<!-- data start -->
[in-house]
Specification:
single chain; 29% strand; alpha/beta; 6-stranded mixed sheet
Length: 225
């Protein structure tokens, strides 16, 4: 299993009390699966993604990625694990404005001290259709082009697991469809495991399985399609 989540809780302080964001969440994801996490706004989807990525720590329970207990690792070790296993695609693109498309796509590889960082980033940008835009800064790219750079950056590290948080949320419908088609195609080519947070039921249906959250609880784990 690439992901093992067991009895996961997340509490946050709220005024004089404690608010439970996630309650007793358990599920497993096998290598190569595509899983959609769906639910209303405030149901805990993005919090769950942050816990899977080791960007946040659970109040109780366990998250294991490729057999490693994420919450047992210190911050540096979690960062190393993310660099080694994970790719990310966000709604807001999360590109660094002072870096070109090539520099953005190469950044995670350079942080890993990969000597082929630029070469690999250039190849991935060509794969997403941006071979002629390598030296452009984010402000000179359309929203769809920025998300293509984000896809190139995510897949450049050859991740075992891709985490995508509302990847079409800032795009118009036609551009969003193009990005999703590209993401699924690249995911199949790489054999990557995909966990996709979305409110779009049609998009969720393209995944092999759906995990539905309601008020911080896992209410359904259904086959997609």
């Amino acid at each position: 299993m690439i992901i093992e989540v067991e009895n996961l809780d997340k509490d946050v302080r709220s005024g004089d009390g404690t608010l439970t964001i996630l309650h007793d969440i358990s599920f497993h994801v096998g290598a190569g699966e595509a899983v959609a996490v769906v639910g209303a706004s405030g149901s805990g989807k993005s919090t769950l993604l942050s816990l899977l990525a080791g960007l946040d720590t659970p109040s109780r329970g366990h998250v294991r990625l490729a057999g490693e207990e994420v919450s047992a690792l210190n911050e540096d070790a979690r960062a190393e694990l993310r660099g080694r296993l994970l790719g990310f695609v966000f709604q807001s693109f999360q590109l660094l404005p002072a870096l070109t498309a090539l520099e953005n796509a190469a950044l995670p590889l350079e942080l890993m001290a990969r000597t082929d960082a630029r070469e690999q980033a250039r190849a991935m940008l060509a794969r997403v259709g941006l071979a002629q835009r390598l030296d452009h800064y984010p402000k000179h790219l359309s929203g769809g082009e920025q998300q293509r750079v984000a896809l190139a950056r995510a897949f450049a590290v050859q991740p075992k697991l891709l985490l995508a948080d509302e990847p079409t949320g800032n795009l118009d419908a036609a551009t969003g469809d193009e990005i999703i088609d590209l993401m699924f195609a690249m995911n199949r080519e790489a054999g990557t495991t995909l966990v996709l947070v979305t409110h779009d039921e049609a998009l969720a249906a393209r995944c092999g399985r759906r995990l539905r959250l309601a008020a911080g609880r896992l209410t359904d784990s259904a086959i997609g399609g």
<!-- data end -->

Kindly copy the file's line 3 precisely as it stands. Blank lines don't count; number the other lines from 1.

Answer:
single chain; 29% strand; alpha/beta; 6-stranded mixed sheet